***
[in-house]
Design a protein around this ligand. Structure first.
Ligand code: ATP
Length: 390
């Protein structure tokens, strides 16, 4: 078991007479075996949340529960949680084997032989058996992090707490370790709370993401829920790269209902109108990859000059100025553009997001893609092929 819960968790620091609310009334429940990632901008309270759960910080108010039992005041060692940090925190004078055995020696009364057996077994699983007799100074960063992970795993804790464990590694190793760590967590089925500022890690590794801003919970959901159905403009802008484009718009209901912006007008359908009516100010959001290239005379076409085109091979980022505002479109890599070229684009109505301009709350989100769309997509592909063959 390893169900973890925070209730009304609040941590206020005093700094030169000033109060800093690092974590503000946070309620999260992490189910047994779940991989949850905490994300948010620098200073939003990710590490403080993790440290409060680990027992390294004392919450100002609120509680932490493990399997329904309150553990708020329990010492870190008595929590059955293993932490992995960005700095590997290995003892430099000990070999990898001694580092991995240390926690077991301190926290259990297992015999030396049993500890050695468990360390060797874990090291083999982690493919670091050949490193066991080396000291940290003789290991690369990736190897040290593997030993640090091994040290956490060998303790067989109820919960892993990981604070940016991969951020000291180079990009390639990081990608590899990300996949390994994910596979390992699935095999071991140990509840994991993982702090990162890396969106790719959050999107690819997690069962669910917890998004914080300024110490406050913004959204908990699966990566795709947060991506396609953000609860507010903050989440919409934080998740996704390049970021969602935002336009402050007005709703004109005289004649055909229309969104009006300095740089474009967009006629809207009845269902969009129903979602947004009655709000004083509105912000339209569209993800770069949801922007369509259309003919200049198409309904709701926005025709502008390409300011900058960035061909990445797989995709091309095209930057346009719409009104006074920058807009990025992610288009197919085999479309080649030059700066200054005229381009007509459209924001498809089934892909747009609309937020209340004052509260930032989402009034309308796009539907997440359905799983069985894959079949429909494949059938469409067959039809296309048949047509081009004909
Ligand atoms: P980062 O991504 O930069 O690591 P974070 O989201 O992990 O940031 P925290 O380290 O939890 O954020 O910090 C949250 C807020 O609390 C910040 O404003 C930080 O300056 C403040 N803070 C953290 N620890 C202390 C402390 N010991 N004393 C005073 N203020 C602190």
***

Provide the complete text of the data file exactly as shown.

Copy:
[in-house]
Design a protein around this ligand. Structure first.
Ligand code: ATP
Length: 390
């Protein structure tokens, strides 16, 4: 078991007479075996949340529960949680084997032989058996992090707490370790709370993401829920790269209902109108990859000059100025553009997001893609092929 819960968790620091609310009334429940990632901008309270759960910080108010039992005041060692940090925190004078055995020696009364057996077994699983007799100074960063992970795993804790464990590694190793760590967590089925500022890690590794801003919970959901159905403009802008484009718009209901912006007008359908009516100010959001290239005379076409085109091979980022505002479109890599070229684009109505301009709350989100769309997509592909063959 390893169900973890925070209730009304609040941590206020005093700094030169000033109060800093690092974590503000946070309620999260992490189910047994779940991989949850905490994300948010620098200073939003990710590490403080993790440290409060680990027992390294004392919450100002609120509680932490493990399997329904309150553990708020329990010492870190008595929590059955293993932490992995960005700095590997290995003892430099000990070999990898001694580092991995240390926690077991301190926290259990297992015999030396049993500890050695468990360390060797874990090291083999982690493919670091050949490193066991080396000291940290003789290991690369990736190897040290593997030993640090091994040290956490060998303790067989109820919960892993990981604070940016991969951020000291180079990009390639990081990608590899990300996949390994994910596979390992699935095999071991140990509840994991993982702090990162890396969106790719959050999107690819997690069962669910917890998004914080300024110490406050913004959204908990699966990566795709947060991506396609953000609860507010903050989440919409934080998740996704390049970021969602935002336009402050007005709703004109005289004649055909229309969104009006300095740089474009967009006629809207009845269902969009129903979602947004009655709000004083509105912000339209569209993800770069949801922007369509259309003919200049198409309904709701926005025709502008390409300011900058960035061909990445797989995709091309095209930057346009719409009104006074920058807009990025992610288009197919085999479309080649030059700066200054005229381009007509459209924001498809089934892909747009609309937020209340004052509260930032989402009034309308796009539907997440359905799983069985894959079949429909494949059938469409067959039809296309048949047509081009004909
Ligand atoms: P980062 O991504 O930069 O690591 P974070 O989201 O992990 O940031 P925290 O380290 O939890 O954020 O910090 C949250 C807020 O609390 C910040 O404003 C930080 O300056 C403040 N803070 C953290 N620890 C202390 C402390 N010991 N004393 C005073 N203020 C602190």